Despite the insistence by some, ahem, that climate change is not a real thing, the fact is that the planet is in a far different condition now than it was long ago when mankind had yet to bring any serious changes to the landscape. While the reality of climate change is often a little different than what is showcased in cinema, the attempt at showing what could possibly happen if a number of conditions were met is a stark look at a future that many people likely don’t want to think about.
Here are five non documentary movies that take on climate change
There’s no clever way of hiding the fact of what happens in the beginning of this movie, nor the change that it eventually brings to the world. While it might over-dramatize the effect of the polar ice caps melting just a tiny bit, the effect is that humanity is forced to find a way to survive on a surface that they’ve never been forced to adapt to. It’s worth noting that in a world covered by water, the most valuable commodity, and the most rare, has become the same thing that people in this day and age place very little value on at all, dirt.
Ice Age 2
This is a light-hearted, more easygoing take on climate change. It adds a lot of hilarity while still showing the effects of global warming that eventually creates a flood once it’s revealed that the once solid and unyielding glaciers are in fact melting. While the film is more about the gimmicks and comedy that people have come to expect of the franchise, the real effect of global warming is touched upon more than once throughout the film, showing that it can be quite damaging and even catastrophic to those that are not prepared for it.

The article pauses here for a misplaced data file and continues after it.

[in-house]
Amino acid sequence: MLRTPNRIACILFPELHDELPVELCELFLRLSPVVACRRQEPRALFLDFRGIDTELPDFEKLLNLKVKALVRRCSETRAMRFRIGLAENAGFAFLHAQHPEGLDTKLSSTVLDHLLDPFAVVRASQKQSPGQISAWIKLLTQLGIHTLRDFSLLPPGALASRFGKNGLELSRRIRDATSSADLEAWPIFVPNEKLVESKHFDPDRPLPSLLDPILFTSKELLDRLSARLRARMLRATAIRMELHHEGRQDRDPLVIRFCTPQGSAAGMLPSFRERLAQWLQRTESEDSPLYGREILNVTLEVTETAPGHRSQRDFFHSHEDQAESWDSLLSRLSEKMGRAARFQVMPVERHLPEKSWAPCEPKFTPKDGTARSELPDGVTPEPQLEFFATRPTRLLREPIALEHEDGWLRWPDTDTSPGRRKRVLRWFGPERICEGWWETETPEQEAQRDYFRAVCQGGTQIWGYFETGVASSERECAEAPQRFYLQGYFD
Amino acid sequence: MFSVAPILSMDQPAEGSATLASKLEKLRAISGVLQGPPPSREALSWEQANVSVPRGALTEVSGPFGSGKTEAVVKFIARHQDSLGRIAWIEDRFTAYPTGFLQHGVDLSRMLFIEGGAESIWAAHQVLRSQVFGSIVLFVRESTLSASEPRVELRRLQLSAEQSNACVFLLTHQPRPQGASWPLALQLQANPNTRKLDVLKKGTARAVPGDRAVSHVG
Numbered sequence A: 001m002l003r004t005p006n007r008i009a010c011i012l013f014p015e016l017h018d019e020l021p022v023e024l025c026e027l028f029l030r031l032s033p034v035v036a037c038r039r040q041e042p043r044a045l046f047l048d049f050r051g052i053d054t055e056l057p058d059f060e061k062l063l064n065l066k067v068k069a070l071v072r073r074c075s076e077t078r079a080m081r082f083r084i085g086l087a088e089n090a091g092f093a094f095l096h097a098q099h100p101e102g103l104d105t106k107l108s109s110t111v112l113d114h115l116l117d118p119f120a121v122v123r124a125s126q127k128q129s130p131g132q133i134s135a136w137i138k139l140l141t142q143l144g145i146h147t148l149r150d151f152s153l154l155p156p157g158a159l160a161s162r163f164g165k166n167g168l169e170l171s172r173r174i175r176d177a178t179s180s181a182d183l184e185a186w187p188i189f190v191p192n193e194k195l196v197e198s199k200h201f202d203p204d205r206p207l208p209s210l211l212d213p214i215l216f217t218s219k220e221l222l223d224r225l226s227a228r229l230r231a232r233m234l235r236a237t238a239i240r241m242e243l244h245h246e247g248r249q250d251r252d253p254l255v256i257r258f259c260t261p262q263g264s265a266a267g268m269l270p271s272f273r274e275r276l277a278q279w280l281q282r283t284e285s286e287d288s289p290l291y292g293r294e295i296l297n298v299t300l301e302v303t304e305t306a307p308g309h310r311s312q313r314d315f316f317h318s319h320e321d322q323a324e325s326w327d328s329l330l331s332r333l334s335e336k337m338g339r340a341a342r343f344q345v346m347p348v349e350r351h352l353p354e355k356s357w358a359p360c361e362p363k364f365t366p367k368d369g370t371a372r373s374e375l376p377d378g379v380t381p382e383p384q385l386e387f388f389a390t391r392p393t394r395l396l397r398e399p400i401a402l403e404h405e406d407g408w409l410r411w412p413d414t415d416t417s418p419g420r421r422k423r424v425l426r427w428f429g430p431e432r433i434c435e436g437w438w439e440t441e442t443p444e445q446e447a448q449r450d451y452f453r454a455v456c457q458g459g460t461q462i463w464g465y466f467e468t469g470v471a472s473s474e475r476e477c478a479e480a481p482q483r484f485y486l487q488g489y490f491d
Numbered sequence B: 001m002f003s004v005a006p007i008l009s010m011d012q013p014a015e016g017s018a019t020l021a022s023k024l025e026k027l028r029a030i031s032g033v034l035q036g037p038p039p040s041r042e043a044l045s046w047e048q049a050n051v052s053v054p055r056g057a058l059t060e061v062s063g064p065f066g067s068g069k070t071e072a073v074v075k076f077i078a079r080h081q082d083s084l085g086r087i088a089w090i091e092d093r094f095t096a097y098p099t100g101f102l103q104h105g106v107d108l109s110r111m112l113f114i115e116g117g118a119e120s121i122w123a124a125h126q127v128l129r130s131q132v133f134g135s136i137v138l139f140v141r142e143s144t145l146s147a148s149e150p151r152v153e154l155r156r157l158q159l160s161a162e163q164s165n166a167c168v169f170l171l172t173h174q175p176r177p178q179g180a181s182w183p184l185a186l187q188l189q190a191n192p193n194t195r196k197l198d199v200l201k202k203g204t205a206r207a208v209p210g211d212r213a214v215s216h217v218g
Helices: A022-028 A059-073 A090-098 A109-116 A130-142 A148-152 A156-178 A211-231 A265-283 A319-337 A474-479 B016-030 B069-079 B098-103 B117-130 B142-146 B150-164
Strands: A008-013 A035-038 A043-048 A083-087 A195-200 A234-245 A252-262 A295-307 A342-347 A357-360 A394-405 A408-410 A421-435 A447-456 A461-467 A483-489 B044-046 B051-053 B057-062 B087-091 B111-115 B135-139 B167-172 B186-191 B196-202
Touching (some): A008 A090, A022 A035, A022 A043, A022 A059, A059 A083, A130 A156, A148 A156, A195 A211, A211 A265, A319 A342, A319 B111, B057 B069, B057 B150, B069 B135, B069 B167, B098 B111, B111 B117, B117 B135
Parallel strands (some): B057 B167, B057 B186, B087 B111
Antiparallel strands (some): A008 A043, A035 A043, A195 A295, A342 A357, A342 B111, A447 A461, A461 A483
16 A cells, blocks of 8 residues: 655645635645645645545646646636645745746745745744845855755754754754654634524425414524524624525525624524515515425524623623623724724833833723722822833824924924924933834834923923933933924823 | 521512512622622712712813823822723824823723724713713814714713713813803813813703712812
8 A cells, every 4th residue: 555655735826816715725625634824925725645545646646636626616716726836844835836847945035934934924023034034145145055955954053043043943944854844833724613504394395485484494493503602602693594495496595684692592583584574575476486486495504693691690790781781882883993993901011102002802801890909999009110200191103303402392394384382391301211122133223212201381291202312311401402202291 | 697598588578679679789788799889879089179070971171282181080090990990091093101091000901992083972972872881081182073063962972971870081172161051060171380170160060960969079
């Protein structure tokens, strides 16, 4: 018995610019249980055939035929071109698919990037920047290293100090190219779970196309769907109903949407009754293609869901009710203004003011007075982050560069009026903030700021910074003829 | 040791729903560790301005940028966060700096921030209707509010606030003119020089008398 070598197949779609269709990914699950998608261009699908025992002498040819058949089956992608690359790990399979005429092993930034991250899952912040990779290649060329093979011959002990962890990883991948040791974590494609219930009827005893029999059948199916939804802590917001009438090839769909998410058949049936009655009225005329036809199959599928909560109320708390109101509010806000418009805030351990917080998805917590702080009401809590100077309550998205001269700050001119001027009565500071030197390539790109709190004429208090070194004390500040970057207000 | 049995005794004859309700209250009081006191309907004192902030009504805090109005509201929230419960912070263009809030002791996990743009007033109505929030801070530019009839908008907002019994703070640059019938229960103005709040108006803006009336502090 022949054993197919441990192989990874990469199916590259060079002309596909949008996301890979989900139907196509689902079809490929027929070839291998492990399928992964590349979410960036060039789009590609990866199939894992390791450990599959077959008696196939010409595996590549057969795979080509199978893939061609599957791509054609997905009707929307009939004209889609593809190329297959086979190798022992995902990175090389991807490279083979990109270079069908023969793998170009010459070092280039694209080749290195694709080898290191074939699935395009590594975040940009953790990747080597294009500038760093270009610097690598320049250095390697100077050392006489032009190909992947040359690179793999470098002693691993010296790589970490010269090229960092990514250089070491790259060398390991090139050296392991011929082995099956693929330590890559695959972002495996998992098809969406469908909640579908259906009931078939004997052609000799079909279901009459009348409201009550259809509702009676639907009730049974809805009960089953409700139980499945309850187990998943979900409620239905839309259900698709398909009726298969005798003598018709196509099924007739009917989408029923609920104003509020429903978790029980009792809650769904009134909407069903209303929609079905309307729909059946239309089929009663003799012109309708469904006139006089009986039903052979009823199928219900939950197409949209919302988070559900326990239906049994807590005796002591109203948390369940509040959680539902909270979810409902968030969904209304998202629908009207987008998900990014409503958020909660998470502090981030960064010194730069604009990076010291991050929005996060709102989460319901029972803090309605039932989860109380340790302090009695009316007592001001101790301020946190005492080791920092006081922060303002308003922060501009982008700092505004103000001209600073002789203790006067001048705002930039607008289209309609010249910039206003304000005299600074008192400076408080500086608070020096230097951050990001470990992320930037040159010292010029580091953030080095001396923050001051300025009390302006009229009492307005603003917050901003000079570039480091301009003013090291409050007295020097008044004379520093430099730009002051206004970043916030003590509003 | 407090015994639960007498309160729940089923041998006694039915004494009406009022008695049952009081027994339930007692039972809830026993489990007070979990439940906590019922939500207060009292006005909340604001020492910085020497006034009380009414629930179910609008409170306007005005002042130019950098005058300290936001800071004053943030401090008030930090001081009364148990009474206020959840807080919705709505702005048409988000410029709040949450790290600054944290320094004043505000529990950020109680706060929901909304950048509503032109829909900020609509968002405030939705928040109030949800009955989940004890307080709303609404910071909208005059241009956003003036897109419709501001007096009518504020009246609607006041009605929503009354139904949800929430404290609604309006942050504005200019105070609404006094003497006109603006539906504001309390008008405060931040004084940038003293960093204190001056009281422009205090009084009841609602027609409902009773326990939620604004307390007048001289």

Climate engineering is the culprit and the reason for the last survivors of the human race being bound to the Snowpiercer, a swift-moving passenger train in which the last members of humanity are forced to exist in a hierarchy that places the 1% of earth’s remaining rich folk at the controls and all others assigned to cabins according to their status. While much of the film takes place on the train, the ice age that has resulted from humanity’s tampering with the climate can be seen from the window in a perfectly frozen landscape that never seems to end.
The earth has an expiration date affixed to it in most of these types of movies, and Interstellar is really no different. Despite the effort of a few brave souls to find a new home suitable for human life, the problems on earth are detailed quite well in this film and show that sooner or later humanity will be the authors of their own downfall. The trick is then to be the authors of our own redemption as well, as this film seems to point out.
The Day After Tomorrow
There’s a balance that needs to be kept in check at all times on the planet, and should it ever be disturbed, stuff is going to start happening. That seems to be at least a part of the premise of this film, as it mentions the Trans-Atlantic current and how it can create a serious climate shift if anything were to happen to disrupt it. Lo and behold those in power don’t want to believe it, and eventually the scientist that brought this to their attention is proven right at a disastrous cost. While it showcases the horrors of a swift and unexpected climate change, the film eventually goes completely Hollywood in favor of telling a story of heroism and perseverance.
Climate change is very real, and the sooner we as human beings realize this the better. How it is depicted in film seems neat and ordered despite the chaos that is shown. Somehow though, it seems that such a serious shift in climate will not be as predictable as Hollywood would like to make it.